Lee has fetal alcohol syndrome disorder, significant brain damage and significant intellectual disability – important defenses to the death penalty that his lawyers failed to litigate.

Lee won new proceedings because of the lawyer’s drunkenness, and his representation did not improve after that attorney was dismissed. His next lawyers failed to introduce evidence of the affair, giving up one of many of Lee’s important arguments, and never pursued his innocence or intellectual disability claims. Nor did they ever ask the court to order DNA testing.

Lee was just last week appointed new counsel from the ACLU, which asked the Innocence Project to assist in representing Lee for the purposes of seeking DNA testing. The Innocence Project has presented the Arkansas courts with an affidavit from a nationally recognized DNA expert explaining the scientific tests that could now exonerate Lee before his execution.

Tags: , , ,

From the ArkTimes store

Favorite

Speaking of...

Comments

Showing 1-1 of 1

Add a comment

 
Subscribe to this thread:
Showing 1-1 of 1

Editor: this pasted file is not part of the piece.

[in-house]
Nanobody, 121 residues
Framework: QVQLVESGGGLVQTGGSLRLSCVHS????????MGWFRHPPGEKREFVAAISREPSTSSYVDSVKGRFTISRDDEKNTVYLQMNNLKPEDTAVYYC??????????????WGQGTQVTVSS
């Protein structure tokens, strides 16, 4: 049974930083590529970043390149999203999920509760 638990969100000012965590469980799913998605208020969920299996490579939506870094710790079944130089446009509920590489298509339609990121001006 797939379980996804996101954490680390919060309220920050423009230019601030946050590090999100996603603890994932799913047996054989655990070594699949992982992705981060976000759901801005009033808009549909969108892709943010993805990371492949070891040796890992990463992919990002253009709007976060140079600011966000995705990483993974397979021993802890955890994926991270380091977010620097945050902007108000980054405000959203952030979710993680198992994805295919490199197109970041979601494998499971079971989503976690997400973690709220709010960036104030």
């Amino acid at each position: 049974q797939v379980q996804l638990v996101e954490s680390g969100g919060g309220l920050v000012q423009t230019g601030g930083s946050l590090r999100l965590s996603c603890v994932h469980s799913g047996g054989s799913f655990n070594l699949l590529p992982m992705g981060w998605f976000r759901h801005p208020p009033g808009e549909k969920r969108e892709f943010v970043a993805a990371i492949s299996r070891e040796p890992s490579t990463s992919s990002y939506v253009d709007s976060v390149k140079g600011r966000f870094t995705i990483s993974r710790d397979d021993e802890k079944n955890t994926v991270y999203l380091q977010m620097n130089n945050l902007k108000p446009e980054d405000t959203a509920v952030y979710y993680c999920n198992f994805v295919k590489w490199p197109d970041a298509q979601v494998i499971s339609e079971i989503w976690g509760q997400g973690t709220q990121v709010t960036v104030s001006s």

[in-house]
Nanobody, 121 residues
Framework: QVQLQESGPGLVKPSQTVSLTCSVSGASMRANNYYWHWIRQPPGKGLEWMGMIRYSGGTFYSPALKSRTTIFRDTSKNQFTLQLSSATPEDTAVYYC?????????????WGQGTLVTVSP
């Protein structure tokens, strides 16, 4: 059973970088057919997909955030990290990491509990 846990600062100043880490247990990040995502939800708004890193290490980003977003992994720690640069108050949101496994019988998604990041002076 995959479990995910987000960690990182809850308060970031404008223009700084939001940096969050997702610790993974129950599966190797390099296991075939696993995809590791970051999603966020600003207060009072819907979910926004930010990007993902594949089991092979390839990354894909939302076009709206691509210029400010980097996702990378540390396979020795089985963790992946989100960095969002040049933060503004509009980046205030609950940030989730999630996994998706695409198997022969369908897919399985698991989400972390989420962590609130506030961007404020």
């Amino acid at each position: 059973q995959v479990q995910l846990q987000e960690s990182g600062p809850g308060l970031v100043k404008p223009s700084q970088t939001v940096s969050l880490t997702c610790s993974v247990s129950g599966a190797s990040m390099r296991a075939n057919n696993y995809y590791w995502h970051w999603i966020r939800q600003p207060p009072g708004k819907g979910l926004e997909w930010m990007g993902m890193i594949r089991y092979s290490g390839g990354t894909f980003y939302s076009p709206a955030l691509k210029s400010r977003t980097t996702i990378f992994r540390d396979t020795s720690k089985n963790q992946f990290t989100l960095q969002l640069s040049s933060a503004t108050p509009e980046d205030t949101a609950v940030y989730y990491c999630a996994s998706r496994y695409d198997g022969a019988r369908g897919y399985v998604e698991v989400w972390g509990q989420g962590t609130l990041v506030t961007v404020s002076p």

Add a comment

More by Lindsey Millar

  • Tuesday line

    Here you go.
    • Apr 25, 2017
  • Supreme Court hears arguments in case that led to stays for two Arkansas death row inmates

    The U.S. Supreme Court heard oral arguments in an appeal yesterday that asks the court to rule that indigent criminal defendants are entitled to an independent expert witness. The case, McWilliams v. Dunn, goes back to the 1984 capital murder conviction of James McWilliams, who raped and murdered a woman in Tuscaloosa, Ala., during a robbery. But the high court's decision will also directly affect the fates of Don Davis and Bruce Ward, Arkansas death row prisoners who were slated to die this month, but given a reprieve by the Arkansas Supreme Court, which issued a stay in each execution, pending the U.S. Supreme Court's decision in McWilliams in June.